A woman with glasses — one lens is transparent, the other opaque

Transparent or opaque?

Transparency, especially when it concerns people’s incomes, may not be as desirable as we think

Koen Smets
6 min readFeb 23, 2024

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Relativity is widely associated with Albert Einstein (even though many people have, at best, only a vague idea of what the special and general theories of relativity actually entail). But in fact, relativity is a concept that is deeply rooted in the human psyche since well before Einstein’s theories. We cannot handle the absolute very well, and almost always rely on the relative. Is a car’s fuel consumption high, a shirt cheap, a travel destination distant, a building tall, and so on? We can only answer such questions by comparing the relevant quantity with something else that is relevant. A particular case is what we — and others — earn. Whether we judge our pay acceptably high depends (a lot!) on what we think other people are paid. Yet, our income is something that most of us tend to keep really quite secret. How come, and would more transparency not lead to more fairness?

The double-edged sword of transparency

We tend to believe that we are better than average (this is considered “one of the most robust of all self-enhancement phenomena”). We would therefore expect our wage to reflect that by also being above average. Disclosing our pay would allow other people to compare ours with their own, and might lead to resentment if they are paid less, or to a sense of superiority if their salary is higher –neither of which we would enjoy. Naturally, others feel the same, so we generally remain silent about our wages, and continue to rely on external signals of wealth to judge where we are in relation to others.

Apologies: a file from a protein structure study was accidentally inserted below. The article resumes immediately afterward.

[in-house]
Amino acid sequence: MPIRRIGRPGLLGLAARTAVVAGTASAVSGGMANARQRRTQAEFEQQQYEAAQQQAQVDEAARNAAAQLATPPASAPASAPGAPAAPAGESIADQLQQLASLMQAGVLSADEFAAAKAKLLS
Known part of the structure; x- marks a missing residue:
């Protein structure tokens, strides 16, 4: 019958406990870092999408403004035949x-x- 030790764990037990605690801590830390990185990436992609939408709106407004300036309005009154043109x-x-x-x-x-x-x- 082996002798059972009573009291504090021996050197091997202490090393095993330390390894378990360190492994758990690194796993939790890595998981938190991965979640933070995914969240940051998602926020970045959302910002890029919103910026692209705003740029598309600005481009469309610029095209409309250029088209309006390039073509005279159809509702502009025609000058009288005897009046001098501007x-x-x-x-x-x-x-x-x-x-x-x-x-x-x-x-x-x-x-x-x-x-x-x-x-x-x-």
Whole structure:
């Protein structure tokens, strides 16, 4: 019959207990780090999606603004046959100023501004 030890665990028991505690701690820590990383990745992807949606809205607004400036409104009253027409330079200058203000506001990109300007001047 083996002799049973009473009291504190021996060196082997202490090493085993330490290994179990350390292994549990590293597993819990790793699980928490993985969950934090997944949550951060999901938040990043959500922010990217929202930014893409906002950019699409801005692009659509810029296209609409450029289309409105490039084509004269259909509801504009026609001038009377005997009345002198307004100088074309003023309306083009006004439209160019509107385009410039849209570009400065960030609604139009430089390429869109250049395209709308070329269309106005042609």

The idea that more transparency (especially in so-called “executive” pay for top managers) would curb excessive salaries was put to the test in the UK during the 1990s and the early part of this century. However, while the matter is complex, it doesn’t seem to have had much effect. Quite the opposite, as it happens, since top pay, including bonuses, has continued to accelerate away. Just as we like to think we are better than average and thus deserve a higher pay than average, the top companies want to be seen to pay top whack (e.g., in the upper quartile). Disclosure leads to a kind of race to the (moving) top between top…

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Koen Smets

Accidental behavioural economist in search of wisdom. Uses insights from (behavioural) economics in organization development. On Twitter as @koenfucius